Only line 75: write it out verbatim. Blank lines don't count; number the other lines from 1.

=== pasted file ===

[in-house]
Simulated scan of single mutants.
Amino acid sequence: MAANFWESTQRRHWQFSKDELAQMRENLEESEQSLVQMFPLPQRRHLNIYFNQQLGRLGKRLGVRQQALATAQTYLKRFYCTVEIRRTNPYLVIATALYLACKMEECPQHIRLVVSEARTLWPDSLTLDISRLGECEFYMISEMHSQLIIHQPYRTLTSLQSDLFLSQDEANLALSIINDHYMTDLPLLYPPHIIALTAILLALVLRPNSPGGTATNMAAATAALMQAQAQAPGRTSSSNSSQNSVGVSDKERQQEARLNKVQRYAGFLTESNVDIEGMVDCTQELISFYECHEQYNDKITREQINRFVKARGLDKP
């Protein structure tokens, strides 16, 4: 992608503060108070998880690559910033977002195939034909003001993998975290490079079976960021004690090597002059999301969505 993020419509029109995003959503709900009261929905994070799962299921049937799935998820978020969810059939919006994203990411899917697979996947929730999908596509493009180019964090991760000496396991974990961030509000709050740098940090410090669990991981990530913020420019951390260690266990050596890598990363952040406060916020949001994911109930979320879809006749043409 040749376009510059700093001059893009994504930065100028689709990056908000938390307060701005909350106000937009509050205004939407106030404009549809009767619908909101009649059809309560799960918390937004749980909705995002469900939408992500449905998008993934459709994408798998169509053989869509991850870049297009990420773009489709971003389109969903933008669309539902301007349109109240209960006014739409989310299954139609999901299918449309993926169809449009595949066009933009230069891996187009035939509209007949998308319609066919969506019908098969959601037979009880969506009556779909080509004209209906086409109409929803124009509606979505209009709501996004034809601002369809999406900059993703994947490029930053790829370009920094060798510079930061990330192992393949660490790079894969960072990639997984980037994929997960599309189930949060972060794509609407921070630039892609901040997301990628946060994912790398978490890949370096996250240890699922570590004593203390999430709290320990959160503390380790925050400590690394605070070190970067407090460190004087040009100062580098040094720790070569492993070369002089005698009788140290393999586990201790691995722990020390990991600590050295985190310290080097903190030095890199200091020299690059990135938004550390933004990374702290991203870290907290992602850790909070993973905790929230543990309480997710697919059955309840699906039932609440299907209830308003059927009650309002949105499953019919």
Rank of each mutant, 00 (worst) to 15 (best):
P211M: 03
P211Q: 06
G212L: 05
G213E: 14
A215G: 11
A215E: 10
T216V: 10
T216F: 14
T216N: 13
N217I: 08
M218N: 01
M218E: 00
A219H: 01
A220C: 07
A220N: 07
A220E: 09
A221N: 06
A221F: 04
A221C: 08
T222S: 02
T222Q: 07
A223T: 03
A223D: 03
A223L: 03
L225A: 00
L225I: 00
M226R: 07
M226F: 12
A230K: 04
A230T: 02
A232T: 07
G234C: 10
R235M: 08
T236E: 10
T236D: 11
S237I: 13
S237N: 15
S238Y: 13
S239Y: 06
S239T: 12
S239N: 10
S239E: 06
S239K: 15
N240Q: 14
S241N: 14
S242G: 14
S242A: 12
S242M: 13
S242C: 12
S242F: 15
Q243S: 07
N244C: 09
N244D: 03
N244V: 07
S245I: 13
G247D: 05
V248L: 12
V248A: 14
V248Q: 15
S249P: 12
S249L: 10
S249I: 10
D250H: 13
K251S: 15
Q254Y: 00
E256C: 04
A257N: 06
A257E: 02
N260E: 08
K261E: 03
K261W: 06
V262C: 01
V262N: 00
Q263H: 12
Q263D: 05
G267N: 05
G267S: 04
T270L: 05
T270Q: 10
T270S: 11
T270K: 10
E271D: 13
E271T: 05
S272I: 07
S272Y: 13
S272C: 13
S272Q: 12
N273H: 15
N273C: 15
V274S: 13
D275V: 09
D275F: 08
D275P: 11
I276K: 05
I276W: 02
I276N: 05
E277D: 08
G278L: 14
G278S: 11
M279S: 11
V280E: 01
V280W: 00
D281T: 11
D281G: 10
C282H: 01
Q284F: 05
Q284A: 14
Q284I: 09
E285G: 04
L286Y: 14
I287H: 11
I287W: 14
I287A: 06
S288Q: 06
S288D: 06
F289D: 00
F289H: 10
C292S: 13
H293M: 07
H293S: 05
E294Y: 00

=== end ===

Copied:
K261E: 03